Have you picked out your costume yet? Have you planned out your Trick-or-Treat route for this year? Tomorrow is Halloween, and it is by far one of my favorite holidays to celebrate, especially in the Pacific Northwest. There are so many local events and activities to check out in the area. If you are still looking for something ghoulish to do, I recommend taking a look at this article from the South Sound Magazine: Tacoma’s Best Halloween Activities for some ideas.
Even if you don’t plan on going out for Halloween this year, there can still be a lot of stress surrounding the holiday. Whether you are focused on making sure you have enough candy to pass out, or you’re hoping you can get that last minute DIY costume glued together in time, Halloween night comes with a lot of fun, but also a lot to worry about. This year I wanted to make sure that, in addition to racking up the largest candy pile on the block, you are prepared for a safe and fun night across the Puget Sound. If you follow the tips detailed below, you can keep your worries about the safety of yourself, your friends, and your family to a minimum and focus on enjoying the holiday instead.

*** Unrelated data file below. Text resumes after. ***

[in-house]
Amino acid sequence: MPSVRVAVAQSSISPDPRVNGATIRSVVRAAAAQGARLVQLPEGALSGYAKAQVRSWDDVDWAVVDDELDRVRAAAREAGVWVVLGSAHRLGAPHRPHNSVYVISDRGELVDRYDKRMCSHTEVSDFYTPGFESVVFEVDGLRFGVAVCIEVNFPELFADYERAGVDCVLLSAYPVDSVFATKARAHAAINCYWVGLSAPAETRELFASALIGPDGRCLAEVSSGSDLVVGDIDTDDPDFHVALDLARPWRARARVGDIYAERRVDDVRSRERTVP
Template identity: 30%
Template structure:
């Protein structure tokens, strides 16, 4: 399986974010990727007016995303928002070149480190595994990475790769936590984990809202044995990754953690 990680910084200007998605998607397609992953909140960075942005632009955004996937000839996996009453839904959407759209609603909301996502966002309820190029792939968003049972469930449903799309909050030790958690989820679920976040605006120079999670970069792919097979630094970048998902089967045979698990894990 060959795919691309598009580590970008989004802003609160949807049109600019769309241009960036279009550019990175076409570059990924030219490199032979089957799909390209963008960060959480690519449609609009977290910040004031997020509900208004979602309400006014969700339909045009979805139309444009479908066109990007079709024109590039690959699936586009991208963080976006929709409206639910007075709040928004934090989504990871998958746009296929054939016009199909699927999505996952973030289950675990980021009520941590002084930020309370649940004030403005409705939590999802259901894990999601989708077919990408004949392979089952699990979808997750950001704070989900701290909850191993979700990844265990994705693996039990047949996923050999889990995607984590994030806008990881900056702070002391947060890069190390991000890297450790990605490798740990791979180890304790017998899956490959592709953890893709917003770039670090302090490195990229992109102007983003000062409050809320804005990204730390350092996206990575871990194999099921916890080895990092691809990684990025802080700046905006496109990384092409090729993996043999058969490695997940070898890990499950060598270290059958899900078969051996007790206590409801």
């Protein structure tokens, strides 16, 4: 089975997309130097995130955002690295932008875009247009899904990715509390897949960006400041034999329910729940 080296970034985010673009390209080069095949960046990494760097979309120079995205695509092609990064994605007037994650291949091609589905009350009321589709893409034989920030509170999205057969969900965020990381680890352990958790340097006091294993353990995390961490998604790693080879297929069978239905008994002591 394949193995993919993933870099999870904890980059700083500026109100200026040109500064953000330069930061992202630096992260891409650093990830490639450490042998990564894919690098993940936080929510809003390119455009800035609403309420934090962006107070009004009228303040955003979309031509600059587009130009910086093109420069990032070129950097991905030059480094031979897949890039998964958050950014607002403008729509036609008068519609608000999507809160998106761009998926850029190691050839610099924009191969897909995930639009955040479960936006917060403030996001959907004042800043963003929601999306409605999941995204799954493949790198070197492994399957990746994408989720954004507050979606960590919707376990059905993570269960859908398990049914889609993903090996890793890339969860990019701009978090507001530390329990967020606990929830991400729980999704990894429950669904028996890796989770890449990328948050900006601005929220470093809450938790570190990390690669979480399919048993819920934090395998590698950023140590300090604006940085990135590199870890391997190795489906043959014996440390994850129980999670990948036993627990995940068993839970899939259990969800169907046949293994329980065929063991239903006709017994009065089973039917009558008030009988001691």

You may be surprised to learn that although Halloween is ideally supposed to be all about amusement, candy, and fun — it can also be full of dangerous situations for both you and your family. The fact that DUI’s and alcohol-related incidents spike on October 31st may not be surprising to you, especially since alcohol has become a big part of the holiday. This year it is expected that more than 61 million households across the country will either attend or host a Halloween party and a recent survey suggests that 55% of those households plan to include alcohol in their celebrations. Including alcohol in your festivities can certainly liven up the party but if you do plan to consume alcohol this Halloween, please make plans to have a designated driver, so you aren’t tempted to get behind the wheel. You could risk not only a DUI charge but also the potential to hurt yourself or others in an accident. Plan ahead and remember that your safety and the safety of others is simply not worth the risk.